"I'm Not Burnt Out, Right?"—How I Learned to Confront Burnout & Move Beyond It

I couldn't keep going like I had been, even though I hadn't fully "crashed". I needed to call elements of my life what it was — burnout.

Listen To This Blog

I wasn’t burnt out. 

I was just … doing a lot of things I was passionate about.

Website manager for a missions university campus. Teaching classes and overseeing projects for our media interns. Leading a small group for junior high girls. Not to mention clocking 10 hours a week of social media management for another nonprofit organization “on the side”. 

I wasn’t burnt out. 

I was just … not always having a full lunch break.

Needing coffee to survive the afternoon. Running from one event to the next, always late. Then, at the end of the day—endlessly scrolling, scrolling, trying to check out with my phone before it all started over again. 

I wasn’t burnt out... right?

l still read my Bible every morning. I journaled, too. I went for walks. I would even steal away to the Prayer Room on campus during my lunch break—it was the only way I could survive.

Key word—survive

So maybe I was burnt out—just a little bit. 


Fast forward to December.

I’d changed jobs—and moved countries—so life looked very different than those months before. I’d learned to slow down again (forests in England help with that), and even gone to counseling to process the hard things that happened during my last season.

But it was mid-December. I was overwhelmed and overtired, swamped by the pre-Christmas rush—dangerously close to my limit once again. 


That’s when a coworker sent me a link to Soul Care’s online course, Confronting Burnout

Better watch it, I groaned, knowing I'd be asked about it later. So I put the first video on in the background—as I simultaneously edited a social media graphic. 

“What is burnout?” asked Mindy Caliguire, co-founder of Soul Care.

“Simply put, burnout is complete depletion and exhaustion of your spiritual, mental, emotional, and physical resources—and it can be experienced at varying degrees of intensity.”

I felt like I'd been slapped in the face.

It can be experienced at varying degrees of intensity.


I thought back to when I “wasn’t burnt out”.

I wasn’t ever at complete and utter shutdown, so I never wanted to label it as burnout.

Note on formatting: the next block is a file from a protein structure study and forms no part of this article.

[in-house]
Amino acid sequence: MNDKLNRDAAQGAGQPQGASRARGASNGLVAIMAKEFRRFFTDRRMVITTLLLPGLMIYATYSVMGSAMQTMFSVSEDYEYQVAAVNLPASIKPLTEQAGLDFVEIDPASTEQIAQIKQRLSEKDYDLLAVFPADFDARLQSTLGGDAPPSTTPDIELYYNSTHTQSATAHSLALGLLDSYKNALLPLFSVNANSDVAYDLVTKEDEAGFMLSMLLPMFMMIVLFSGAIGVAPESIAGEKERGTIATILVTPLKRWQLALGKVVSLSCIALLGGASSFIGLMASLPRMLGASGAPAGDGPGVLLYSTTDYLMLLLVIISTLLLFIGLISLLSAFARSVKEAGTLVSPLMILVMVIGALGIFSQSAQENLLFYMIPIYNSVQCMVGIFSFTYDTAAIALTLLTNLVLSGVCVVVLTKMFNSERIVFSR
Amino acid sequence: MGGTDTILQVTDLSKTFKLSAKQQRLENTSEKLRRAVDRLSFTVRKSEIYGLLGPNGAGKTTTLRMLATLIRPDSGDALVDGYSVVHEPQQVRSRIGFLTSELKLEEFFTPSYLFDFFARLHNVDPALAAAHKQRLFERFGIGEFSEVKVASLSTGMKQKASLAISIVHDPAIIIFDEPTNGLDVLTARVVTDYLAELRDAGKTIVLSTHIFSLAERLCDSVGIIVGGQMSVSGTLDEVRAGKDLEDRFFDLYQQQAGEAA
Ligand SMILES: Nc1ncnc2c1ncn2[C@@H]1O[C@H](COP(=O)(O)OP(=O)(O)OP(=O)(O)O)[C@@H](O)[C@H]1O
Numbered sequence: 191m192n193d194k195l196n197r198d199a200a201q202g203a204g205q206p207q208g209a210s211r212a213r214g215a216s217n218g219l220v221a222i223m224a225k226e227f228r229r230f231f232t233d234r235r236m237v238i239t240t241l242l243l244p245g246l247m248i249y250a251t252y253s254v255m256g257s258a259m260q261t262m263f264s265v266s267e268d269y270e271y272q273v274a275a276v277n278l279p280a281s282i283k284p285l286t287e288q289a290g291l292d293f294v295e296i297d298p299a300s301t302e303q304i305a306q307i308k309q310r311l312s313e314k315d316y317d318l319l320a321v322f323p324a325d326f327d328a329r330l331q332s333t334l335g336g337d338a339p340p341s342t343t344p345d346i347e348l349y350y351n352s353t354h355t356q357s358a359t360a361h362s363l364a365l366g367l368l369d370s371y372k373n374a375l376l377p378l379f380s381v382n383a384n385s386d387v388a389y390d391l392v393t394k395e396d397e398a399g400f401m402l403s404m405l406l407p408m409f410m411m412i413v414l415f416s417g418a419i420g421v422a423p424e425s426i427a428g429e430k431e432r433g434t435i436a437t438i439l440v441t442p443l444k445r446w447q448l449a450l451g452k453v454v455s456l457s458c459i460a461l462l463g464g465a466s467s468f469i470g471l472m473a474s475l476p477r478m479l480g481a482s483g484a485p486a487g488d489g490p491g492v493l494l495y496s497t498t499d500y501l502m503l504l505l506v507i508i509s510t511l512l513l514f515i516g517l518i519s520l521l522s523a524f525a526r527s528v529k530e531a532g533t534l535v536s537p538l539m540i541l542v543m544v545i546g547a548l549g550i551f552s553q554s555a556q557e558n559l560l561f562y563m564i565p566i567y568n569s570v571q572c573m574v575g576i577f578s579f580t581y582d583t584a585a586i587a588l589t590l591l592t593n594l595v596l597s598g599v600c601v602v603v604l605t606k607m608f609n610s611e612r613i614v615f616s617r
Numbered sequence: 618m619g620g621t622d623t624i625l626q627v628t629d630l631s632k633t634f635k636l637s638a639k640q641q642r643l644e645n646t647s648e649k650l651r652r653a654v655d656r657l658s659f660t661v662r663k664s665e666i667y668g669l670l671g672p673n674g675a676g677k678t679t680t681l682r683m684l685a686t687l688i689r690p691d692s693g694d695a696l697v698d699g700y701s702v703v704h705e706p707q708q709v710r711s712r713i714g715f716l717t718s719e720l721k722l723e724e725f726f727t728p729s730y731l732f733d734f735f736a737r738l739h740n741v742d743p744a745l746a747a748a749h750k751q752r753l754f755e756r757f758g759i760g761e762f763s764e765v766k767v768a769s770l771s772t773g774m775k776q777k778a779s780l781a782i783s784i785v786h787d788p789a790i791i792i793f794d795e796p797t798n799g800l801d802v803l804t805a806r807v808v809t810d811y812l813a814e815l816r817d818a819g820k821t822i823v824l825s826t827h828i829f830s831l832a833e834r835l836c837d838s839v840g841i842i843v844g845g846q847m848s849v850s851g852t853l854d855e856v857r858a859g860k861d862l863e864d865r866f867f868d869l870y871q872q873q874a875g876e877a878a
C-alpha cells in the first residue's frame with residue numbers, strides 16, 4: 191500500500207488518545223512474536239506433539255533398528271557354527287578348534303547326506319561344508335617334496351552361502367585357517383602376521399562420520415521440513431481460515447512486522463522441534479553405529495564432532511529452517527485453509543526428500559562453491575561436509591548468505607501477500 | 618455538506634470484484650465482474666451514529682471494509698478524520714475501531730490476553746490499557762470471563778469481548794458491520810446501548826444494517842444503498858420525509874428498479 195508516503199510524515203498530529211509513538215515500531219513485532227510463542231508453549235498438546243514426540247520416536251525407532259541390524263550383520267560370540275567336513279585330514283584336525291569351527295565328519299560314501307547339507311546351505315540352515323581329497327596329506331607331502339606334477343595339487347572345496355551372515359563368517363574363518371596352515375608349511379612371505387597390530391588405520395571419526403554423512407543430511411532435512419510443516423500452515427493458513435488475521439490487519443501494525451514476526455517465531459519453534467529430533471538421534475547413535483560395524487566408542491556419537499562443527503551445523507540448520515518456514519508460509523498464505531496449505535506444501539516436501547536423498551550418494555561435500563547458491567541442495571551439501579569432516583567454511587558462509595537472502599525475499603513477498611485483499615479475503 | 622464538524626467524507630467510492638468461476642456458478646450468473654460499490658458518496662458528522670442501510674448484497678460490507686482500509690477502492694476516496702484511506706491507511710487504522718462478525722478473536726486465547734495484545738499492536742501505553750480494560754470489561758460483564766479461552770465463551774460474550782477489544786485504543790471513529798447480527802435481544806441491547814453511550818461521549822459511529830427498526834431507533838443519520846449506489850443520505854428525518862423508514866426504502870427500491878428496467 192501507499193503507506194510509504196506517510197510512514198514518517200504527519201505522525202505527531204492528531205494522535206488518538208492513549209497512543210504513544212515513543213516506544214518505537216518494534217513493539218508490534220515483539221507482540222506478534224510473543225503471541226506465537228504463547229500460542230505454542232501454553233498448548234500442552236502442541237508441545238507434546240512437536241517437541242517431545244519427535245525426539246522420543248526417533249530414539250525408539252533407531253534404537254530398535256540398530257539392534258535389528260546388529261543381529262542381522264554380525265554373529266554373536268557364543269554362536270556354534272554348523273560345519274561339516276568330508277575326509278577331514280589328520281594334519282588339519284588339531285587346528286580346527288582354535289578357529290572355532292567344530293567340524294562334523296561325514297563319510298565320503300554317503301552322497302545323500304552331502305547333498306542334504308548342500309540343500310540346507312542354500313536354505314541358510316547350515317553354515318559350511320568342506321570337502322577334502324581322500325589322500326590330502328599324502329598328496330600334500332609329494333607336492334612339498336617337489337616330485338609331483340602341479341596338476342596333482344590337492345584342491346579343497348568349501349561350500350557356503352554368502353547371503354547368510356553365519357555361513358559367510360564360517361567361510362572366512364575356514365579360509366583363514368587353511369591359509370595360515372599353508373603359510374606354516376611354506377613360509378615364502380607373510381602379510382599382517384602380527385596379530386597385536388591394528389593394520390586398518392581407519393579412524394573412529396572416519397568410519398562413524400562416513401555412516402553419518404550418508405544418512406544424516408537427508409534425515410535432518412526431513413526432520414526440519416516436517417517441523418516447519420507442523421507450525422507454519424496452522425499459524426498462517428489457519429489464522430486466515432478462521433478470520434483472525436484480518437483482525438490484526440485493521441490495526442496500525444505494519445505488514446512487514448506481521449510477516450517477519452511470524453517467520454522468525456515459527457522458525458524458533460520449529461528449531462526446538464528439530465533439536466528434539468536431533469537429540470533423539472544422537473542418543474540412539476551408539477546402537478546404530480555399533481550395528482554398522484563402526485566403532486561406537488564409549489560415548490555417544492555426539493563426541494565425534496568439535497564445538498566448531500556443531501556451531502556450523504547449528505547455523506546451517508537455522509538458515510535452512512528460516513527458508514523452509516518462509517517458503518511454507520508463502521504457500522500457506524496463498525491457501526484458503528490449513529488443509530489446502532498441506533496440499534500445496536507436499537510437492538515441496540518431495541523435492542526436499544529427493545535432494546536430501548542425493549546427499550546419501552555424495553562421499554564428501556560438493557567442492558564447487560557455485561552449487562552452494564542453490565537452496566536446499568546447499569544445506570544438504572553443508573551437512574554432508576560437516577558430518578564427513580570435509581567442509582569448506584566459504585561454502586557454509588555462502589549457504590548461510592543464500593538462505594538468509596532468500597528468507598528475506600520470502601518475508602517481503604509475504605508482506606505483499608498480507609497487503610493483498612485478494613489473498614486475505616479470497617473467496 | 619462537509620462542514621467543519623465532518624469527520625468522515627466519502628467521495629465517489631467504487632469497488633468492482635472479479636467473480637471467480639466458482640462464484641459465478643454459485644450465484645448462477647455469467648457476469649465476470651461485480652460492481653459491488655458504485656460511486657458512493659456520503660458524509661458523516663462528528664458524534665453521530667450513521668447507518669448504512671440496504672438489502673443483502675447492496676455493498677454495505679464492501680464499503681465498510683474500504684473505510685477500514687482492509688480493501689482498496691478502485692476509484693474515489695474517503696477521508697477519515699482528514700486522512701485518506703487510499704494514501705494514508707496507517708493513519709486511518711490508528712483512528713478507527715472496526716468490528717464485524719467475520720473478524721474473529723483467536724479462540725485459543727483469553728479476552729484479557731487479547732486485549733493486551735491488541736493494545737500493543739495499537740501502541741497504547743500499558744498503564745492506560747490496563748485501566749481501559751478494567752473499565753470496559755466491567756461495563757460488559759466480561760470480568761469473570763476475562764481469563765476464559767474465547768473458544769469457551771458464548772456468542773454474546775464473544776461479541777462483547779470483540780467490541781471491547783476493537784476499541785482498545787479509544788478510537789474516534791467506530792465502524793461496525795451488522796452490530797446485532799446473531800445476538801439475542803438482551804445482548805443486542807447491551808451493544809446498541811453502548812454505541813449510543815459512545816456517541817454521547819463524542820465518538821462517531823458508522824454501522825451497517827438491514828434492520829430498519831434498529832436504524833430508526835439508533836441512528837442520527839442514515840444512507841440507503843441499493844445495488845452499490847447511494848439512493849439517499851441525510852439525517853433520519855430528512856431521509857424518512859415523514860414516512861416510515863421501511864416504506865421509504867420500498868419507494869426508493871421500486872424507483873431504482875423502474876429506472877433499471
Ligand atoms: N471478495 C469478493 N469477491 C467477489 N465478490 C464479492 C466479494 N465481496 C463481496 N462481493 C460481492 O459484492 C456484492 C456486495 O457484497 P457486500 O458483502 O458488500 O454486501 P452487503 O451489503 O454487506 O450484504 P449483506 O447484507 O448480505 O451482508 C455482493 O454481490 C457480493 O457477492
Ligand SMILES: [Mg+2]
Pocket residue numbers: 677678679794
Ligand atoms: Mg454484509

But everything Mindy was describing? The exhaustion, the slow checking-out of what I cared about? I’d experienced it, was currently experiencing it, or coming out of it. 

So there at my desk, I finally let myself admit it.

It was okay to call my experiences "burnout".

And this is why:

If I wanted to keep doing the ministry and work I was passionate about—I needed to confront the fact I wasn't experiencing "life and life abundant" (John 10:10).

I couldn't keep going like I had been, even though I hadn't fully "crashed". I needed to call elements of my life what it was—burnout—and in response, make a plan to sustain my health, all dimensions of it.

So that week, I finished Confronting Burnout in the middle of my Christmas season deadlines. Finally, I took time off work, I slowed down, and looked for ways to recover my soul. 


To kickoff the new year, I attended our online Semi-Silent Retreat, and it was just what I needed.

I spent the following days using the reflection resource to pray through tangible goals to safeguard my soul’s health.

I set things into place that I still am carrying today, like having regular silence and solitude time, sticking to clear time limits with my social media, and meeting regularly with a mentor. 




Oh, I’m still doing a lot of things I’m passionate about.

If anything, I'm doing far more than I did a year ago. I still flirt dangerously close to overwhelmed and overtired (especially after traveling internationally, like I did last month). I still slip into a hectic schedule and prioritize responsibilities beyond my capacity.

But what’s different is now I have something to catch me.

I now have close friends, mentors, and an online community who ask me the hard and kind questions about soul health. As a result, my internal thermostat is getting better and better at taking the temperature of my soul health—and adjusting accordingly.

So, I’m still learning. I need to submit my responsibilities and hectic schedule to prayer, daily.

But in the process—I’m so grateful for the words of 2 Corinthians 12:9 (ESV):

“My grace is sufficient for you, 
for my power is made perfect in weakness.”

So today, wherever you are—far from burnout, experiencing pieces of it, or deeply engulfed in it—I pray for fresh grace to know the way forward. 

Because there’s life beyond your burnout—abundant life. 





Start “Confronting Burnout”, the crash course to understand, prevent, and overcome burnout in your life.

This short online course is designed to help you confront whatever level of burnout you might be in—or anticipate. Receive gentle guidance in reflection and spiritual practices that can re-engage your natural, God-breathed motivation—and experience "life and life abundant" once more.



Kayla Norris
Soul Care Media

Similar posts

Start caring for your soul today. Subscribe to our email list for regular updates.